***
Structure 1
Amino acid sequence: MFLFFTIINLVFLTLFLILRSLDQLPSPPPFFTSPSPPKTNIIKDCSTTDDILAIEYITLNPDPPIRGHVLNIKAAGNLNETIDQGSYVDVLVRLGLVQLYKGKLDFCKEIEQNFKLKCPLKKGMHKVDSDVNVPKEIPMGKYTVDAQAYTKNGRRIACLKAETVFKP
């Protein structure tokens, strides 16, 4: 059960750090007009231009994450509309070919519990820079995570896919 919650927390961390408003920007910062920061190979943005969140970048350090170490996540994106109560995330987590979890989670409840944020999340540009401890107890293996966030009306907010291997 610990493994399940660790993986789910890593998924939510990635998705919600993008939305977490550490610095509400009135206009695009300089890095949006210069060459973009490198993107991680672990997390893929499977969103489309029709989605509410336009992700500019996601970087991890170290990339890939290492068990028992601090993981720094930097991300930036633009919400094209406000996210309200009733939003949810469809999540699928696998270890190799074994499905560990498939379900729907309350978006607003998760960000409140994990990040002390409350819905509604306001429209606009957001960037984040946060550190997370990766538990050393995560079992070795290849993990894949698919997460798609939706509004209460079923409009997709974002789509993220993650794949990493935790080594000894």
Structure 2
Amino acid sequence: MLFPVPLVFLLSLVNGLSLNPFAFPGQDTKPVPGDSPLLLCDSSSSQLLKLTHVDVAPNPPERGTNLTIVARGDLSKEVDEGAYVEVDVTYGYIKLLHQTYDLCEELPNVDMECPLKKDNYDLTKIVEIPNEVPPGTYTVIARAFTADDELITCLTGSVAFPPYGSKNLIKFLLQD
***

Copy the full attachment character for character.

Structure 1
Amino acid sequence: MFLFFTIINLVFLTLFLILRSLDQLPSPPPFFTSPSPPKTNIIKDCSTTDDILAIEYITLNPDPPIRGHVLNIKAAGNLNETIDQGSYVDVLVRLGLVQLYKGKLDFCKEIEQNFKLKCPLKKGMHKVDSDVNVPKEIPMGKYTVDAQAYTKNGRRIACLKAETVFKP
């Protein structure tokens, strides 16, 4: 059960750090007009231009994450509309070919519990820079995570896919 919650927390961390408003920007910062920061190979943005969140970048350090170490996540994106109560995330987590979890989670409840944020999340540009401890107890293996966030009306907010291997 610990493994399940660790993986789910890593998924939510990635998705919600993008939305977490550490610095509400009135206009695009300089890095949006210069060459973009490198993107991680672990997390893929499977969103489309029709989605509410336009992700500019996601970087991890170290990339890939290492068990028992601090993981720094930097991300930036633009919400094209406000996210309200009733939003949810469809999540699928696998270890190799074994499905560990498939379900729907309350978006607003998760960000409140994990990040002390409350819905509604306001429209606009957001960037984040946060550190997370990766538990050393995560079992070795290849993990894949698919997460798609939706509004209460079923409009997709974002789509993220993650794949990493935790080594000894």
Structure 2
Amino acid sequence: MLFPVPLVFLLSLVNGLSLNPFAFPGQDTKPVPGDSPLLLCDSSSSQLLKLTHVDVAPNPPERGTNLTIVARGDLSKEVDEGAYVEVDVTYGYIKLLHQTYDLCEELPNVDMECPLKKDNYDLTKIVEIPNEVPPGTYTVIARAFTADDELITCLTGSVAFPPYGSKNLIKFLLQD